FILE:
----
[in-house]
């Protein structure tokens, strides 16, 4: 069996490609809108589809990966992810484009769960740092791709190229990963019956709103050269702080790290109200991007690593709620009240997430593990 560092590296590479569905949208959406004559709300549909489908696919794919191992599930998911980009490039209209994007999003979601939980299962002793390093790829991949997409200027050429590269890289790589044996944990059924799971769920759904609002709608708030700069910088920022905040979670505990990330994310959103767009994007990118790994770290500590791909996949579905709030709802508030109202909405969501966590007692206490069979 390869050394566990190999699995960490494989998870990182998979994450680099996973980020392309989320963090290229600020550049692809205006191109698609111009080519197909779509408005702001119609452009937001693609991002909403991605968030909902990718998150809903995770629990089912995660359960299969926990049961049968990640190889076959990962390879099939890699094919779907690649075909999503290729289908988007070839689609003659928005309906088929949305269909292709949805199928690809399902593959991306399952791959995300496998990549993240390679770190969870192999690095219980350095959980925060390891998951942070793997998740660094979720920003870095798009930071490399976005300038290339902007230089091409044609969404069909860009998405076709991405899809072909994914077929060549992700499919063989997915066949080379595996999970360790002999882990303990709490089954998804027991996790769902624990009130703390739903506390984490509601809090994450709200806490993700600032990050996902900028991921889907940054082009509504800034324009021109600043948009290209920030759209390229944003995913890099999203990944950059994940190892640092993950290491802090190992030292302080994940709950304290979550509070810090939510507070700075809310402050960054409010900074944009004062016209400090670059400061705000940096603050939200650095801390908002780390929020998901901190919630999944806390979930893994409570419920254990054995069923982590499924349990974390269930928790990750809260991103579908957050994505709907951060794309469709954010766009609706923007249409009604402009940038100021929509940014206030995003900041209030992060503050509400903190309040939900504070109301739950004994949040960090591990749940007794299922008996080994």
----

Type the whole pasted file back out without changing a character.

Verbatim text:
[in-house]
């Protein structure tokens, strides 16, 4: 069996490609809108589809990966992810484009769960740092791709190229990963019956709103050269702080790290109200991007690593709620009240997430593990 560092590296590479569905949208959406004559709300549909489908696919794919191992599930998911980009490039209209994007999003979601939980299962002793390093790829991949997409200027050429590269890289790589044996944990059924799971769920759904609002709608708030700069910088920022905040979670505990990330994310959103767009994007990118790994770290500590791909996949579905709030709802508030109202909405969501966590007692206490069979 390869050394566990190999699995960490494989998870990182998979994450680099996973980020392309989320963090290229600020550049692809205006191109698609111009080519197909779509408005702001119609452009937001693609991002909403991605968030909902990718998150809903995770629990089912995660359960299969926990049961049968990640190889076959990962390879099939890699094919779907690649075909999503290729289908988007070839689609003659928005309906088929949305269909292709949805199928690809399902593959991306399952791959995300496998990549993240390679770190969870192999690095219980350095959980925060390891998951942070793997998740660094979720920003870095798009930071490399976005300038290339902007230089091409044609969404069909860009998405076709991405899809072909994914077929060549992700499919063989997915066949080379595996999970360790002999882990303990709490089954998804027991996790769902624990009130703390739903506390984490509601809090994450709200806490993700600032990050996902900028991921889907940054082009509504800034324009021109600043948009290209920030759209390229944003995913890099999203990944950059994940190892640092993950290491802090190992030292302080994940709950304290979550509070810090939510507070700075809310402050960054409010900074944009004062016209400090670059400061705000940096603050939200650095801390908002780390929020998901901190919630999944806390979930893994409570419920254990054995069923982590499924349990974390269930928790990750809260991103579908957050994505709907951060794309469709954010766009609706923007249409009604402009940038100021929509940014206030995003900041209030992060503050509400903190309040939900504070109301739950004994949040960090591990749940007794299922008996080994």